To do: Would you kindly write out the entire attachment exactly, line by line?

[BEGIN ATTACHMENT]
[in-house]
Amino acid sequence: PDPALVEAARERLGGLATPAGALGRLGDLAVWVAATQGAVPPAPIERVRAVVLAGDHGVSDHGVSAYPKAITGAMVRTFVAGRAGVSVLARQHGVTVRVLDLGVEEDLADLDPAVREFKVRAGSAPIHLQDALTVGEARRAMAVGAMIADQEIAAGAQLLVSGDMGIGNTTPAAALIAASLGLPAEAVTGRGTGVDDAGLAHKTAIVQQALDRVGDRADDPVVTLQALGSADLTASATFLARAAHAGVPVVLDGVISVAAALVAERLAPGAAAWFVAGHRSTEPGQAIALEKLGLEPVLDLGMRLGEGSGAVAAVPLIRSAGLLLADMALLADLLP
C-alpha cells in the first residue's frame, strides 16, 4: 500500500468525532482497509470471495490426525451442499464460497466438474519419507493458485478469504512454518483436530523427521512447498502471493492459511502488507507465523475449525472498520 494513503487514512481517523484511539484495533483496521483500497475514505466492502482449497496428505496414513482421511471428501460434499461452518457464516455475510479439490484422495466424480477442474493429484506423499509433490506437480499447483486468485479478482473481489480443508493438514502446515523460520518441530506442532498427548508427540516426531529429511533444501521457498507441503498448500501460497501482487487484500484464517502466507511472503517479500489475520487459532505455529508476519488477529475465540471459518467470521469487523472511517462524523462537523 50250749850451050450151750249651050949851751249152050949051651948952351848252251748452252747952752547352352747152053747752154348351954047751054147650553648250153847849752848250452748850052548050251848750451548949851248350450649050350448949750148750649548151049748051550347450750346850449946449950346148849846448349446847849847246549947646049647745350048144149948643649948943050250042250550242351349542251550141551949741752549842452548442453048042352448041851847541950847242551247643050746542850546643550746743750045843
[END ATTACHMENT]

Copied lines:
[in-house]
Amino acid sequence: PDPALVEAARERLGGLATPAGALGRLGDLAVWVAATQGAVPPAPIERVRAVVLAGDHGVSDHGVSAYPKAITGAMVRTFVAGRAGVSVLARQHGVTVRVLDLGVEEDLADLDPAVREFKVRAGSAPIHLQDALTVGEARRAMAVGAMIADQEIAAGAQLLVSGDMGIGNTTPAAALIAASLGLPAEAVTGRGTGVDDAGLAHKTAIVQQALDRVGDRADDPVVTLQALGSADLTASATFLARAAHAGVPVVLDGVISVAAALVAERLAPGAAAWFVAGHRSTEPGQAIALEKLGLEPVLDLGMRLGEGSGAVAAVPLIRSAGLLLADMALLADLLP
C-alpha cells in the first residue's frame, strides 16, 4: 500500500468525532482497509470471495490426525451442499464460497466438474519419507493458485478469504512454518483436530523427521512447498502471493492459511502488507507465523475449525472498520 494513503487514512481517523484511539484495533483496521483500497475514505466492502482449497496428505496414513482421511471428501460434499461452518457464516455475510479439490484422495466424480477442474493429484506423499509433490506437480499447483486468485479478482473481489480443508493438514502446515523460520518441530506442532498427548508427540516426531529429511533444501521457498507441503498448500501460497501482487487484500484464517502466507511472503517479500489475520487459532505455529508476519488477529475465540471459518467470521469487523472511517462524523462537523 50250749850451050450151750249651050949851751249152050949051651948952351848252251748452252747952752547352352747152053747752154348351954047751054147650553648250153847849752848250452748850052548050251848750451548949851248350450649050350448949750148750649548151049748051550347450750346850449946449950346148849846448349446847849847246549947646049647745350048144149948643649948943050250042250550242351349542251550141551949741752549842452548442453048042352448041851847541950847242551247643050746542850546643550746743750045843